About a dozen episodes before the show ceased production in February 1966 producer AL BURTON left. He was replaced by MILT HOFFMAN and the choreography was handed off to SHELLEY BONIS, then MIMI MACHU and then JACKIE LEVY (JACQUI LANDRUM). Some of the magic that AL brought to the show seemed to evaporate with the new changes that were introduced. The last episode contrasted starkly with the early episodes. Some of the dancing routines became a bit more "artsy", rather than the hip shaking which previously was the norm. The lighting seemed much brighter. It all added up to a different feel. The introduction of novelty musical guests such as the Bantams, or John Astin and Ted 'Lurch' Cassidy, both from the ADDAMS FAMILY TV show, eroded the show's hipness. What was once cool had now become a bit more commonplace, especially considering that viewers could watch several other weekly go-go shows. But the dancing performances by the GAZZARRI DANCERS had progressed to the point where they were now on equal billing as many of the guest artists. Much of this can be attributed to the choreography by JACQUILANDRUM. They were in a league of their own and certainly had an edge over the dancers on other shows.
The last episode is a scorcher. The staff, the dancers, and the musical guests all knew that the January 29, 1966 taping was to be the last. One of the dancers informed me that Freddy Cannon told them to let it all hang out. And that they did. You can see it in their dancing and their intensity. Check out JACQUI'S mini-skirt in the Karen Verros "Little Boy" performance. Was this a hemline altitude record for 1960's television?! And Freddy, who encouraged the girls to let it all hang out, was the last artist to appear.
We are not sure why the show the cancelled. The financial burden on a local TV station to produce a show like this week after week must have been significant. By the end of 1965 there was a glut of locally and network produced music/dance shows, so competition could also have been a factor. We don't know if AL left because he saw the writing on the wall, or whether his departure and the ensuing changes contributed to the end. The go-go idea may just have run its course, as the times they wereindeed a changin', and very quickly at that. Go-Go enthusiasm from 1964 had become going-going-gone reality by 1966. SHINDIG ended on January 8, 1966, just four weeks before HOLLYWOOD A GO-GO. HULLABALOO and SHIVAREE lasted only slightly longer, April and May 1966 respectively.
AL subsequently produced a pilot for a show to have been named WAY OUT drawing on former musical guests, with theBees (from episode # 38) envisioned as the house band. However, the pilot did not get a contract for future production and ALsold off the idea. The show later evolved to become LAUGH IN.
HOLLYWOOD A GO-GO ended its short run on February 5, 1966 with SAMsaying, "So long, music lovers" for the last time on television.
OUT OF THE STUDIO
Once the GAZZARRI DANCERSfrom the TV show had become better known, KHJ started using them for promotional appearances. This was especially true in the first half of the show's run, the expectation being that it would help with the show's ratings in the L.A. area. On one such occasion in 1965 several dancers were sent to a military base in California as part of a show. The stars of this show entertaining the troops were theEverly Brothers, Joey Paige, and the GAZZARRIladies pictured below left: (from front to back) JUNE, GWEN, MIMI, and DeANN.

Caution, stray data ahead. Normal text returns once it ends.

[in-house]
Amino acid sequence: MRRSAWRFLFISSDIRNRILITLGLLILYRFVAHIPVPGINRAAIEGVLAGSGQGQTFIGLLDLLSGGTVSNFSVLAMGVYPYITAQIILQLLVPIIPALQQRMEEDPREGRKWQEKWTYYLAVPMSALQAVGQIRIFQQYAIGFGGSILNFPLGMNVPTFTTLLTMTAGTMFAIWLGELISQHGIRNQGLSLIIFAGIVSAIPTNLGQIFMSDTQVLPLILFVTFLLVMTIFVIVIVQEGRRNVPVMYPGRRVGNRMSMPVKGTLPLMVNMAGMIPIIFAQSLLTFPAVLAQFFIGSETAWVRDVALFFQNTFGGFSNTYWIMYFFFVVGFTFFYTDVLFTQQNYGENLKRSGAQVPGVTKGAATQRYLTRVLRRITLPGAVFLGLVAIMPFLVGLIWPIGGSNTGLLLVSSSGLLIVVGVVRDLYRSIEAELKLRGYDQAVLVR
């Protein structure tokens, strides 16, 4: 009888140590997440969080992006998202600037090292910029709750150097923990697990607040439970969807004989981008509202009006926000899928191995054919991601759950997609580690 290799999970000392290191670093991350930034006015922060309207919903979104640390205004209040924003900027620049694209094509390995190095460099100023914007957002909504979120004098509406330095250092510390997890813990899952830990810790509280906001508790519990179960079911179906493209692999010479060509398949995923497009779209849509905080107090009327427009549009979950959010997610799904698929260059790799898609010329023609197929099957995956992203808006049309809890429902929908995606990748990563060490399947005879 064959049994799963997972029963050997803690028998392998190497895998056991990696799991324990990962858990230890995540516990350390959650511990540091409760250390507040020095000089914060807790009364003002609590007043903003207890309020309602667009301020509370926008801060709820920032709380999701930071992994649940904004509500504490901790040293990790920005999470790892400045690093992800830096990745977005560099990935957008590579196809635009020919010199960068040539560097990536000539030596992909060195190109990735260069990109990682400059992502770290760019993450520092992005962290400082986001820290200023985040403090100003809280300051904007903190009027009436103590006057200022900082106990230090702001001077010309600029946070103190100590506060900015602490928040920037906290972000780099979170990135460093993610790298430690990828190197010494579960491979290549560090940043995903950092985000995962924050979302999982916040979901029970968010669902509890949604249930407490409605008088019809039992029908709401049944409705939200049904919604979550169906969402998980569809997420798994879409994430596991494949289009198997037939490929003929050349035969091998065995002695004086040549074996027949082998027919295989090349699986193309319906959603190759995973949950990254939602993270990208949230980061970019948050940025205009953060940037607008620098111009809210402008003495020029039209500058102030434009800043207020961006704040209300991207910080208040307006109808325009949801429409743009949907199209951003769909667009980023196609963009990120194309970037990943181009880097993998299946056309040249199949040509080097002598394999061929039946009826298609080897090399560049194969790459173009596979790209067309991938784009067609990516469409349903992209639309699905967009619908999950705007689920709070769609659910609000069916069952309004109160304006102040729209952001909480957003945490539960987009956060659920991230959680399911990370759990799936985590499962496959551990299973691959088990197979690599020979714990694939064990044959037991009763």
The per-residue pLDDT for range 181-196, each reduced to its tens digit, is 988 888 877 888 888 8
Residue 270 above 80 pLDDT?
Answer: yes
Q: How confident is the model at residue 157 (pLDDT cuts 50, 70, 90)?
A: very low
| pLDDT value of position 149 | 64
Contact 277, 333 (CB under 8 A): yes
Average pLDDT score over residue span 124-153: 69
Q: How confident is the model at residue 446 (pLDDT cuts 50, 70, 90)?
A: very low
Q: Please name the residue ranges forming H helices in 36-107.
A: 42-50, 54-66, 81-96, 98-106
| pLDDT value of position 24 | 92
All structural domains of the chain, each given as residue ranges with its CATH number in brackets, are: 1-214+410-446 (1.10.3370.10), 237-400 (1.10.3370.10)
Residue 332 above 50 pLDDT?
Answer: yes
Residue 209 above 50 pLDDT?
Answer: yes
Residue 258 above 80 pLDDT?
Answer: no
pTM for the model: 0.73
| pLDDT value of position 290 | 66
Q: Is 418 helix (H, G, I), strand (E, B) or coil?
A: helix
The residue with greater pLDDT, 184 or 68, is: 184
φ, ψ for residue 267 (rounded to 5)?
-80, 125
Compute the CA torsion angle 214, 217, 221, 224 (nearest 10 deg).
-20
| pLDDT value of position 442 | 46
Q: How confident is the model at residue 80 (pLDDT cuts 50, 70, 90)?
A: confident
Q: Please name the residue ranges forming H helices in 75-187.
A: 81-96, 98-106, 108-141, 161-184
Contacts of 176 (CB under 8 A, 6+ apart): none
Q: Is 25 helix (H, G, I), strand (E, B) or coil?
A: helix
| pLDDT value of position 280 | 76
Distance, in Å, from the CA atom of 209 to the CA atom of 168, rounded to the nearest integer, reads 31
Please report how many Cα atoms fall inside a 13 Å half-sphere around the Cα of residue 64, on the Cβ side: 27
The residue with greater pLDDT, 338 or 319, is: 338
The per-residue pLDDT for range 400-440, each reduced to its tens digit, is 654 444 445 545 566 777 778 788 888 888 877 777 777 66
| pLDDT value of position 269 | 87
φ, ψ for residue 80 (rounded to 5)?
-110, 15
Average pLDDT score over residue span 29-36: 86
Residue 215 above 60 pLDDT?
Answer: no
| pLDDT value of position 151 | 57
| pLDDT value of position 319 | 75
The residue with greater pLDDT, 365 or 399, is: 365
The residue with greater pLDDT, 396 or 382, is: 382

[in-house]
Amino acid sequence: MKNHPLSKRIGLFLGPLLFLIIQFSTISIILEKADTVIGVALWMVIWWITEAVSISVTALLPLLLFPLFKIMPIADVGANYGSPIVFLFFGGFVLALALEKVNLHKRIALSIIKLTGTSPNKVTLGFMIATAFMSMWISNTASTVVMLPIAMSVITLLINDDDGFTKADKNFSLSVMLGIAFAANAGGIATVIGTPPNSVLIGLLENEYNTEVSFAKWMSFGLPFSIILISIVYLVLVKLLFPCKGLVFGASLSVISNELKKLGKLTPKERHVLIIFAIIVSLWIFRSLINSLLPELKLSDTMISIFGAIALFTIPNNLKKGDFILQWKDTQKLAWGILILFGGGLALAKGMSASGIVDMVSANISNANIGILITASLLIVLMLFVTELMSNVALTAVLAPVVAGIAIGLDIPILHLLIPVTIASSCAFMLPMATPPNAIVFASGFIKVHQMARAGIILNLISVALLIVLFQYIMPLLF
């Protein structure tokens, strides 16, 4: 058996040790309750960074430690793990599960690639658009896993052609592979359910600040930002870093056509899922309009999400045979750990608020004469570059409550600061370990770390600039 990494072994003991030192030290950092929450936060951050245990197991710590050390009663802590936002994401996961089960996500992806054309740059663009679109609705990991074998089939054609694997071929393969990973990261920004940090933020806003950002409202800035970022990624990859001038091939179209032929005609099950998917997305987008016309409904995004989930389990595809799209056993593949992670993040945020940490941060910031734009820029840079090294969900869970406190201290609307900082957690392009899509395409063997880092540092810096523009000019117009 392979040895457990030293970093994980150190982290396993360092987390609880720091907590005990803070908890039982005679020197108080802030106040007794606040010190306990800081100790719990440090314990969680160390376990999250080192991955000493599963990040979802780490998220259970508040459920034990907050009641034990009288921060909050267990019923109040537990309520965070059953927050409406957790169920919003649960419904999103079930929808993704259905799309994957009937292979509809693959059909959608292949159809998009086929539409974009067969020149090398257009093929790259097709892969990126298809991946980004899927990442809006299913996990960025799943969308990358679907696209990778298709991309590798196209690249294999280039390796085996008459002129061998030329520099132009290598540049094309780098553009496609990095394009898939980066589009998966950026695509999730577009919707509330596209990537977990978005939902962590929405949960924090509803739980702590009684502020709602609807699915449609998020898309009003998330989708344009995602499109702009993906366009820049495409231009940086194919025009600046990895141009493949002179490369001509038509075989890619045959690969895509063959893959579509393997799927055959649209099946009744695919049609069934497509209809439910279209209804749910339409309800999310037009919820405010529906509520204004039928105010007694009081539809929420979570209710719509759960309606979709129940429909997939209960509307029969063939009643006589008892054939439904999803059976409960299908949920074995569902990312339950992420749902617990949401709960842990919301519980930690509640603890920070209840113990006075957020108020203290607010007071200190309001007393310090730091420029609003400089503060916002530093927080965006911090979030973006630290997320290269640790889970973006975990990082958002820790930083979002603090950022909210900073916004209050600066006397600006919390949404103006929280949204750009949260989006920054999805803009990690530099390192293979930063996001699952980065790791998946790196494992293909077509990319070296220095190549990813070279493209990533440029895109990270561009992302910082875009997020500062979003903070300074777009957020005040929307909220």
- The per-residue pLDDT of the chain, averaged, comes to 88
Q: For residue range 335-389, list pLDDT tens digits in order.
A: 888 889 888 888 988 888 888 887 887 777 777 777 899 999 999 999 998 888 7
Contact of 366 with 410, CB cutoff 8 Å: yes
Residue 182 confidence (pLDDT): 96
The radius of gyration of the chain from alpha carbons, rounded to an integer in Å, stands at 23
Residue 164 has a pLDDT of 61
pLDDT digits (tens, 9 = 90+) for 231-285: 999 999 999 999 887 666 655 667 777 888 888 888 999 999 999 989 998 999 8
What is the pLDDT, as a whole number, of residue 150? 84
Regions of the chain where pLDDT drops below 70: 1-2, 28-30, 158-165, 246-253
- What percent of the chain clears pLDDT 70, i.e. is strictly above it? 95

On another occasion at least four dancers were sent to appear at the Teenage Fair, held at the Hollywood Palladium between April 10-19, 1965. In the video link below we can see DeANN, LUCILLE, and ROBERTAdancing during a performance by Gene Pitney. The fourth dancer who we can not see is almost assuredly MIMI.
SAM RIDDLE might have very well been the most popular personality in the Los Angeles radio and television market in the mid -60's. Besides doing daily DJ radio shows on KHJ, he also taped a daily (Monday - Friday) television show, 9TH STREET WEST, the weekly HOLLYWOOD A GO-GO show, plus music specials such as ALOHA A GO-GO and CHEERIO A GO-GO.
SAM released a single on Tower Records in 1966. The A side was "Lollipops & Teardrops", with "Angela Jones" on the B side.
HOLLYWOOD A GO-GO was heavily promoted in its home market of Channel 9 in Los Angeles (KHJ-TV). The above photo, showing SAM in the bus window, most likely appeared in area newspapers. And of course there was at least one public bus promoting the show running around southern California streets!
Legendary HOLLYWOOD A GO-GO producer AL BURTON, shown here in Hawaii during the filming of ALOHA AGO-GO. AL had a very successful career in television production after his time with the show ended.
OSCAR WILLIAMS, pictured at left in a c.1965 photo, was the choreographeron the earlier episodes. OSCAR was brought over from Gazzarri's nightclub, where he had been working, to take over the job.
He can be seen taking to the stage and dancing with the girls on The Sinners video of "What'd I Say".
On later episodes he is listed as "dancing coordinator" with several of the GAZZARRI'S taking over the choreographing duties. We have also heard reports that Toni Basil was brought in to help with the choreography, but have been unable to confirm this through Toni's biography.
Today OSCAR owns a high-profile event planning company in Los Angeles.